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Ask the Wizard #194

In the Station casinos, there is the "Big 3" game in their bingo rooms. You must get 3 of the first 4 numbers to win a progressive jackpot. What are the odds of that? Thank you.

Joseph G. from Las Vegas

For the benefit of other readers, the Big 3 is a bingo side bet at all the Station Casinos and the Fiesta Rancho. The player is given a ticket, either paper or loaded into an electronic unit, with three random bingo numbers out of the 75 possible. If the first four bingo numbers called in that session contain all three of the player’s numbers, then the player will win a progressive jackpot. The jackpot starts at $1000 at grows by $200 a day until somebody wins. Every session, and property, has an independent jackpot.

The number of winning combinations is 72, because three of the balls must match, and the fourth can be any one of the other 72 balls. There are combin(75,4) = 1,215,450 possible combinations. Thus, the probability of winning is 72/1,215,450 = 0.000059. The player can buy 48 tickets for $10, thus the cost per ticket is 10/48 = 0.208333 dollars. The breakeven meter, where there is zero house edge, is (10/48)/(72/1,215,450) = $3,516.93.

Station Casinos indicate the Big 3 Jackpots on their Jumbo Bingo web site. There you will see the meter often will exceed $3517. When I answered this question on August 30, 2007, two of the eight properties had a player advantage, the Palace Station and Fiesta Rancho. This is one of the few bets in Las Vegas that often have a player advantage. Unfortunately, they limit the number of cards you can buy, making it not worth the bother to most people, including me, to make a special trip.

I know that the rules of Spanish 21 say that the "envy bonus" is always $50, and the super bonus is $1,000, for bets of $5 to $25, or $5000, for bets of $25 or higher. I was curious, what is the house edge penalty for playing at an empty table, or betting more than $25 a hand? Casinos offer regular blackjack for high rollers without maximum payouts. Do you know of any casinos that offer good rules for high rollers in Spanish 21? (i.e. a $500 envy bonus for a bet of $50)

Dean from Toronto

I don’t like it when games give worse odds to the higher bettors either. The value of these Super Bonuses is almost zero. The probability of hitting the Super Bonus is one in 549,000 with eight decks, and one in 668,000 million with six decks. Assuming six decks, the value of the envy bonus is worth 0.0015% per additional player, besides yourself. Sorry, I don’t know of any casinos that sweeten the bonuses for larger bets.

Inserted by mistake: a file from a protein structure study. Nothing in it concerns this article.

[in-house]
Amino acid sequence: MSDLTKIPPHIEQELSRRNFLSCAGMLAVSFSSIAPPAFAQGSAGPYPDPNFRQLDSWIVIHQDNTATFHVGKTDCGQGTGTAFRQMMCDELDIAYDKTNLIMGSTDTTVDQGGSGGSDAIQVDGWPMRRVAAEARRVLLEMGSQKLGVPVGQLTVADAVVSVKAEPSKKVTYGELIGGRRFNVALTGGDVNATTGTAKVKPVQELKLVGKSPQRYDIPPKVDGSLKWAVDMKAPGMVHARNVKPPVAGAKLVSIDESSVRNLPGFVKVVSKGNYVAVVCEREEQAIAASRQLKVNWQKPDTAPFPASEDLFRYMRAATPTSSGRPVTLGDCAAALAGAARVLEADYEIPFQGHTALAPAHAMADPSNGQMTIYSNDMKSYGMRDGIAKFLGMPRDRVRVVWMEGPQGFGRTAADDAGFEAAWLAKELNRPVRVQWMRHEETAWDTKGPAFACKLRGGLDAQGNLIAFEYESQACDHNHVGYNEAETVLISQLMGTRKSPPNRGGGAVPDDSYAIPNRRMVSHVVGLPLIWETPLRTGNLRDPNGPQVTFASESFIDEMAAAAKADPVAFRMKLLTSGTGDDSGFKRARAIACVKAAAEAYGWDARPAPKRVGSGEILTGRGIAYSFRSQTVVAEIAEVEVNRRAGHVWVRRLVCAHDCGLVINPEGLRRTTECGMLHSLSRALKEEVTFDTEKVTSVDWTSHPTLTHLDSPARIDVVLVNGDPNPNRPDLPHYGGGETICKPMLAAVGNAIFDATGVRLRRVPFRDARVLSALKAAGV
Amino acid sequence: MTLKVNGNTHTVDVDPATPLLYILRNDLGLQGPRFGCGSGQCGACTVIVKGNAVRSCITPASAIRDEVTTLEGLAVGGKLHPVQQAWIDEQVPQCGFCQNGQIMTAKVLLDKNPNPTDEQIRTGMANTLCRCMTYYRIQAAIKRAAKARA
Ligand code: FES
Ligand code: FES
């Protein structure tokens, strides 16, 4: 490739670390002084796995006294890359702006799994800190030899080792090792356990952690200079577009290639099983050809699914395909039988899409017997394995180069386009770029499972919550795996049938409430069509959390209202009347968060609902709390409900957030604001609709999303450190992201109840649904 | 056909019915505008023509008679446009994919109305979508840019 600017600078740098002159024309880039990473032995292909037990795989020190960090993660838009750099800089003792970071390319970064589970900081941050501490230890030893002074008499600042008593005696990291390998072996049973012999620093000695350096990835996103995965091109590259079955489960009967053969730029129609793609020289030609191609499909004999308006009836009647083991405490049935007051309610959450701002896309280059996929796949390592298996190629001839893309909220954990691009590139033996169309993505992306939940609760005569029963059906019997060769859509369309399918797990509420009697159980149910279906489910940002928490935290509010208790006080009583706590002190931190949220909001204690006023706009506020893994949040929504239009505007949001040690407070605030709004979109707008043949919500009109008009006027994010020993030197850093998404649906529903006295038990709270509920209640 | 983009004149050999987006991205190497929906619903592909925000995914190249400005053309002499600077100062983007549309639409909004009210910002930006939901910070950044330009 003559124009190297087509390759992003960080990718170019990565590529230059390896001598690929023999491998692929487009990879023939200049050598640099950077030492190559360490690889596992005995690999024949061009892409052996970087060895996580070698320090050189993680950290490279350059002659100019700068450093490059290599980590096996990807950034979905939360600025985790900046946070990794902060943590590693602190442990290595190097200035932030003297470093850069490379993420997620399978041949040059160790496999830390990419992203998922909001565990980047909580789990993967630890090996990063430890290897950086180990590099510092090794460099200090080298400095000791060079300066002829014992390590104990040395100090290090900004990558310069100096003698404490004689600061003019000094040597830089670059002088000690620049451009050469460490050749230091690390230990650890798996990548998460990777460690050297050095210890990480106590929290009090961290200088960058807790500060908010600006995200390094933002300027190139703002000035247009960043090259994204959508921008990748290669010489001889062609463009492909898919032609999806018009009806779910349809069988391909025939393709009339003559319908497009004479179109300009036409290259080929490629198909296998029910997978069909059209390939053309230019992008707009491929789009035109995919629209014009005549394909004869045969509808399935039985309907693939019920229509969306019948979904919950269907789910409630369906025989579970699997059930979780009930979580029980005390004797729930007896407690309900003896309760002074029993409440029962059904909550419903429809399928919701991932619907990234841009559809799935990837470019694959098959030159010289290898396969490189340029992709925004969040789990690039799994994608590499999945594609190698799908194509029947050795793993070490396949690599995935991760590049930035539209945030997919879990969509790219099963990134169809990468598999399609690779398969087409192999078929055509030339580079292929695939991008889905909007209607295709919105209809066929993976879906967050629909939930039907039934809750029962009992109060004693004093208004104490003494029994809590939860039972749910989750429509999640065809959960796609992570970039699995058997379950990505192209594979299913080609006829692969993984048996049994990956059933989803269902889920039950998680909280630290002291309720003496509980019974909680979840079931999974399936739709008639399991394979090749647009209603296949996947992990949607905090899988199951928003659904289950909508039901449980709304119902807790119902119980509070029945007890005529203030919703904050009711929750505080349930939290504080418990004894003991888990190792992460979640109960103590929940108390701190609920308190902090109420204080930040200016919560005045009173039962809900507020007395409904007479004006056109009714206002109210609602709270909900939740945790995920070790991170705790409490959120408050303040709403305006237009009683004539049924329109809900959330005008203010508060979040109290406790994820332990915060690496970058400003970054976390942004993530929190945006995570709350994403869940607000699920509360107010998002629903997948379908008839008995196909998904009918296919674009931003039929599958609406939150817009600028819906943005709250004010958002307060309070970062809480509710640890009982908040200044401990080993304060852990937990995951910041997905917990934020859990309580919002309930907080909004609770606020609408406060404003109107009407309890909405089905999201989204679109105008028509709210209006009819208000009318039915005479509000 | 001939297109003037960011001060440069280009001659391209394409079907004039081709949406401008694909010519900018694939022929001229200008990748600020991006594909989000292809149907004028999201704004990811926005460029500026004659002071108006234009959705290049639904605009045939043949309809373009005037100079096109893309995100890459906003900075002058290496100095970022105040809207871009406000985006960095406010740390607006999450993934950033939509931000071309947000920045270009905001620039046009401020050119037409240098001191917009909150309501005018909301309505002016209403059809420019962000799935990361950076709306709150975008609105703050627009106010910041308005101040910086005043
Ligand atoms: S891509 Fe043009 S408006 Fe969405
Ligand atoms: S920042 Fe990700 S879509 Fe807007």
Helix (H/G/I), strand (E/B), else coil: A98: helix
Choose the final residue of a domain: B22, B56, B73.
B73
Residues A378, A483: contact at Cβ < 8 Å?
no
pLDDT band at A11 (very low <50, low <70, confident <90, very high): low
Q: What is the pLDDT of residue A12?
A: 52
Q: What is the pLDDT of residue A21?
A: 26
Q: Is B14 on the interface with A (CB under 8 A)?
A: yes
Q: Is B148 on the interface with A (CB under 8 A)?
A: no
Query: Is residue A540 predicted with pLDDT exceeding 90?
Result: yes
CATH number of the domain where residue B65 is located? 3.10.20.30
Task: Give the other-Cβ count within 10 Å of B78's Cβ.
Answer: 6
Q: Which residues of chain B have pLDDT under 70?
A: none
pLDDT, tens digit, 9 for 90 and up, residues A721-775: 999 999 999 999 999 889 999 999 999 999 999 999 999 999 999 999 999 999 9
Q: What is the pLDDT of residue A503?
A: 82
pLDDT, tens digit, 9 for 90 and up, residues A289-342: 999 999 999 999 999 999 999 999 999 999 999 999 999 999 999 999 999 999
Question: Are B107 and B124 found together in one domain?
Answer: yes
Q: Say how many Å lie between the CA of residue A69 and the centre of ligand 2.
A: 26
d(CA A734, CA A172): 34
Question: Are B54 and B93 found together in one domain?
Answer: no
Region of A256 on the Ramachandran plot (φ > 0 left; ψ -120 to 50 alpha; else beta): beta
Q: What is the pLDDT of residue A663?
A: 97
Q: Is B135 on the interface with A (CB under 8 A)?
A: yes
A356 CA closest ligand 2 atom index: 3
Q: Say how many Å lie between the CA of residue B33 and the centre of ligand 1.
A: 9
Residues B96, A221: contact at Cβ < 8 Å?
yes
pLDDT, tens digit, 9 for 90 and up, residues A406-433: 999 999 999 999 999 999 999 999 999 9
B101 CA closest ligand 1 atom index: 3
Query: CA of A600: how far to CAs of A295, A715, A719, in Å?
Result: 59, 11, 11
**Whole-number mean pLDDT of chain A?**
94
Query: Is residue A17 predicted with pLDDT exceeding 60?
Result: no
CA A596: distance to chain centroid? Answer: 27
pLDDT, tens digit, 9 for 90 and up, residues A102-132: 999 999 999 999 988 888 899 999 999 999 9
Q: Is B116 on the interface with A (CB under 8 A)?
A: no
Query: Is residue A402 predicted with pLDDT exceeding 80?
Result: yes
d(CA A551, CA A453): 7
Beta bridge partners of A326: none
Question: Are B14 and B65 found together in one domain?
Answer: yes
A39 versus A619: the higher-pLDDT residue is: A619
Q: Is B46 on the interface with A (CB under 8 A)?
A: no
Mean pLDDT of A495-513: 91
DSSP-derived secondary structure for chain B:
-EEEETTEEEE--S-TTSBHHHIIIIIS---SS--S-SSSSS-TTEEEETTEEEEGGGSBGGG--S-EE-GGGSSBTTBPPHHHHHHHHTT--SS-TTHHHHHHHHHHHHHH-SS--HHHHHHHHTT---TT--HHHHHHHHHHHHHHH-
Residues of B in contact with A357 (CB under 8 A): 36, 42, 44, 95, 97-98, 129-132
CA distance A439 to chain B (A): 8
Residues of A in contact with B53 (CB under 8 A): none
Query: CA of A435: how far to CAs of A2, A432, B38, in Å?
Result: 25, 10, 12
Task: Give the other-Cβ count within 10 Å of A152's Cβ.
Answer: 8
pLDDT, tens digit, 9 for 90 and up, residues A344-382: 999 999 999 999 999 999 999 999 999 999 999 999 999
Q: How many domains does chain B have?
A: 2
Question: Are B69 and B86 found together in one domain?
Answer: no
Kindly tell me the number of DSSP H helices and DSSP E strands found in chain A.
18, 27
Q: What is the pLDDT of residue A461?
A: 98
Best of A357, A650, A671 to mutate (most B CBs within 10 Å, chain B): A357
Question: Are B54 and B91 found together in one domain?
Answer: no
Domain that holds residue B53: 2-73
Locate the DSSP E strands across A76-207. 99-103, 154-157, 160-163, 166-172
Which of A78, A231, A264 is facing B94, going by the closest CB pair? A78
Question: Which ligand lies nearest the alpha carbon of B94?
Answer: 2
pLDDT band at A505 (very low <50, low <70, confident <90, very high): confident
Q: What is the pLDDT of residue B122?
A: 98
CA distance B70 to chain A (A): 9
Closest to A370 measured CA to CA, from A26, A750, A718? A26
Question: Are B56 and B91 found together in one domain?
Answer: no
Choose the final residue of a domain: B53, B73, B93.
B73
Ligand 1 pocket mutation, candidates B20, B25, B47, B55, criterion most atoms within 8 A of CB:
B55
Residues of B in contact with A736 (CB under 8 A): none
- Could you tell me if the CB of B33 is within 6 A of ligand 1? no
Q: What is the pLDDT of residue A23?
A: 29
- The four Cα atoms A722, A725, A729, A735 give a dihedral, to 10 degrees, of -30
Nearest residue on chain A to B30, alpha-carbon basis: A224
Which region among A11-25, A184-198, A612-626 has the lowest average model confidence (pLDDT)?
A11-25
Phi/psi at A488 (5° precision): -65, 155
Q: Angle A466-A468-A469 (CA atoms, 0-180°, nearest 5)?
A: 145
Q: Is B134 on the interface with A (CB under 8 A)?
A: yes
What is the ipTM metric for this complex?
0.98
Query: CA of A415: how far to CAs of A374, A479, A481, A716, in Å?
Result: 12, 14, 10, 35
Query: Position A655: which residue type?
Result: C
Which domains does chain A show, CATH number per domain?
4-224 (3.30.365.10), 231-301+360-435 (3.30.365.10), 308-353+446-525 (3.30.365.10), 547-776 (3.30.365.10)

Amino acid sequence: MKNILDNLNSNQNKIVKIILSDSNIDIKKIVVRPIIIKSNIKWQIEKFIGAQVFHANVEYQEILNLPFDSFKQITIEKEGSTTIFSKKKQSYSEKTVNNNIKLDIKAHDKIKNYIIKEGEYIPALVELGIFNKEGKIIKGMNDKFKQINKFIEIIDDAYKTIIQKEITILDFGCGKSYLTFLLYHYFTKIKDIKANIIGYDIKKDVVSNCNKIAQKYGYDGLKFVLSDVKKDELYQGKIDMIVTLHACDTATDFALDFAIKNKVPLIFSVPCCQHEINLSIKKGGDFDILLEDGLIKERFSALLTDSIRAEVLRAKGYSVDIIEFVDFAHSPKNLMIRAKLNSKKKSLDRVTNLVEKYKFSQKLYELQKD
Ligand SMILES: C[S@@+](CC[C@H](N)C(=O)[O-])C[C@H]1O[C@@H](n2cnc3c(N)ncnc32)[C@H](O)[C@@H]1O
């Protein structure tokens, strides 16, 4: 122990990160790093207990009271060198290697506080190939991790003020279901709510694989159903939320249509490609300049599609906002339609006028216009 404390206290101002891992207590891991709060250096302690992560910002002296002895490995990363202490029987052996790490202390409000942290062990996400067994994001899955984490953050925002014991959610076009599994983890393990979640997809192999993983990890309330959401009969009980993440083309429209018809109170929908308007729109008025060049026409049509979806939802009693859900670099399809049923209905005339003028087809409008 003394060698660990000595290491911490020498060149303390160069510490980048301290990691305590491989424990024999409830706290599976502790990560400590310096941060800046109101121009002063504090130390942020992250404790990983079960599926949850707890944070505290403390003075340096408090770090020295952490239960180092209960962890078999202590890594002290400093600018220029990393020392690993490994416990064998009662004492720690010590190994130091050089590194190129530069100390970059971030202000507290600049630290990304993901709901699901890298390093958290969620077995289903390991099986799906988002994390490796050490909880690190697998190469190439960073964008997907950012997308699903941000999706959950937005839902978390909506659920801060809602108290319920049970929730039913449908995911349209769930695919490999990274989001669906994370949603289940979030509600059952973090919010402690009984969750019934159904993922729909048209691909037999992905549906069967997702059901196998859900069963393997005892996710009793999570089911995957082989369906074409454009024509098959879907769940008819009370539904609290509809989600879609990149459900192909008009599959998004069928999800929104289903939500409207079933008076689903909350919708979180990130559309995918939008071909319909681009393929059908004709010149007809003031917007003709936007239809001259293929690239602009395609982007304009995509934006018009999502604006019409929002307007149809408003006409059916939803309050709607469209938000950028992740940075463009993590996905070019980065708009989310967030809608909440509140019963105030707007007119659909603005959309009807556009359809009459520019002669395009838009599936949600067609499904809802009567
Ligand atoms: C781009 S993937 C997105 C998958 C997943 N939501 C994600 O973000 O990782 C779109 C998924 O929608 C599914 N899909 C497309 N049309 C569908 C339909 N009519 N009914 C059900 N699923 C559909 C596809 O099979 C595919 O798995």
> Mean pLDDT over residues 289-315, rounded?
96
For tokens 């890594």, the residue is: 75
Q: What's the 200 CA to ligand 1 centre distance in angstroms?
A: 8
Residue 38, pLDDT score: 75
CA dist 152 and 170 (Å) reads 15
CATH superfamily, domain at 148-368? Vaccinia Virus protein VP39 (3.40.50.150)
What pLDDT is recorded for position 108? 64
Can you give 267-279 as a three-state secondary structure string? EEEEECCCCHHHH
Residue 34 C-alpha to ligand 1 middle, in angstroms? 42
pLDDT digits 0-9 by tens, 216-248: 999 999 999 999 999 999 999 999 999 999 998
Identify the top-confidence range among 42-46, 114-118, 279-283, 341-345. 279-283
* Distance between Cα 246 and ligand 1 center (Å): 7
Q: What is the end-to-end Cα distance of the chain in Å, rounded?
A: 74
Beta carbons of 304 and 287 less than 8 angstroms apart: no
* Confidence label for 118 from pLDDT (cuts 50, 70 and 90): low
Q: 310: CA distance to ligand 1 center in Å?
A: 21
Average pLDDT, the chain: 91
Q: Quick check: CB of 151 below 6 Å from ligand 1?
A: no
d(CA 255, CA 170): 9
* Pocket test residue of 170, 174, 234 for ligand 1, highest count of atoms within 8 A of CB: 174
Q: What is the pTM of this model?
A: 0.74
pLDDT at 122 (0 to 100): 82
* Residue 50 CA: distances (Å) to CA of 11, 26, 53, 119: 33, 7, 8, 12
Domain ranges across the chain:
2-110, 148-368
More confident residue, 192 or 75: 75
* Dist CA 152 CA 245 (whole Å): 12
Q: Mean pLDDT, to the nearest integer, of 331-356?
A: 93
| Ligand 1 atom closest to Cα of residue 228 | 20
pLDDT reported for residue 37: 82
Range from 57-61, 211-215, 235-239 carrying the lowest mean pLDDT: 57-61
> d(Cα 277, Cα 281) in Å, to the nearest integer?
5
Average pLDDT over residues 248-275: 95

I played 50-line 9/6 Jacks or Better $1 machine over the weekend and got killed. Any idea what the odds are of putting $800,000 coin in on 50-line $1 and not hitting a single royal? Just curious.

Dave from Las Vegas

If you were playing single line it would be easy. $800,000 is 160,000 $5 hands. That is 3.9616 royal cycles. The probability of no royals can be closely approximated as e-3.9616 = 1.9%.

The math gets messier with mutli-line games. I think the easiest way to answer the question is by random simulation. My video poker appendix 6 shows the probability of getting at least one royal per hand in 50-play 9/6 Jacks or Better is 0.00099893. Each hand of $1 50-play costs $250. So you would have played 3,200 initial hands. The expected number of hands with a royal in 3,200 hands is 3.1966. By the same method of approximation, the probability of getting zero royals is e-3.1966 = 4.09%. The exact answer, based on the simulation results, is (1-0.00099893)^3200 = 0.04083732, or 4.08%.

With regards to your California Three Card Poker section, there is a casino in Oceanside that offers the game with similar rules. The casino shows one card, but in order to win your ante bet the dealer hand does not have to beat the player’s hand. What is the house edge in this game?

Joshua K. from Oceanside

That rule change is worth 2.49% in the player’s favor, lowering the house edge from 4.30% to 1.80%. The subraction is not exactly 2.5% less, due to rounding.

Is it appropriate to tip a host? Recently, while staying at an off-Strip hotel, my wife and I were approached by the host who comped our hotel room for four nights. We were invited to return to that hotel for another complimentary stay. Should we tip the host? What would be an appropriate amount?

Jack N. from Eastpoint, MI

The etiquette on this is not set in stone, so the following is just my opinion. Tipping hosts is, most of the time, truly voluntary and not expected. If you do tip, it should not be in cash. Gift certificates, sport book tickets, or physical items are acceptable. Some people believe that hosts will work a little harder for you if you tip. Personally, I haven’t noticed a difference. At times when I gave a host an envelope with a gift certificate in it, the host seemed uncomfortable accepting it, but other times not. The best way to make your host happy is to play hard in the casino. Hosts are judged according to how much their players play vs. how much they give out. It doesn’t make them look good if you squeeze them for everything you can get, and then don’t play commensurately in the casino. An exception to the general rule about tips being not expected is that if a host gets you into a tournament, and you win a lot of money, then you should tip both the dealers and your host generously.

If I make 1,000,000 spins on the event that has 1 in 1,000,000 chance of winning, what are my chances of winning at least once?

Ares75 from Petrovce

If the probability of winning is 1/n, and you play n times, as n approaches infinity, the probability of winning at least once approaches 1-(1/e), where e = 2.7182818..., or about 63.21%. The exact answer can be expressed as 1-(999,999/1,000,000)1,000,000 = 0.63212074. My estimate is 1-(1/e) = 0.63212056, which agrees to six decimal places.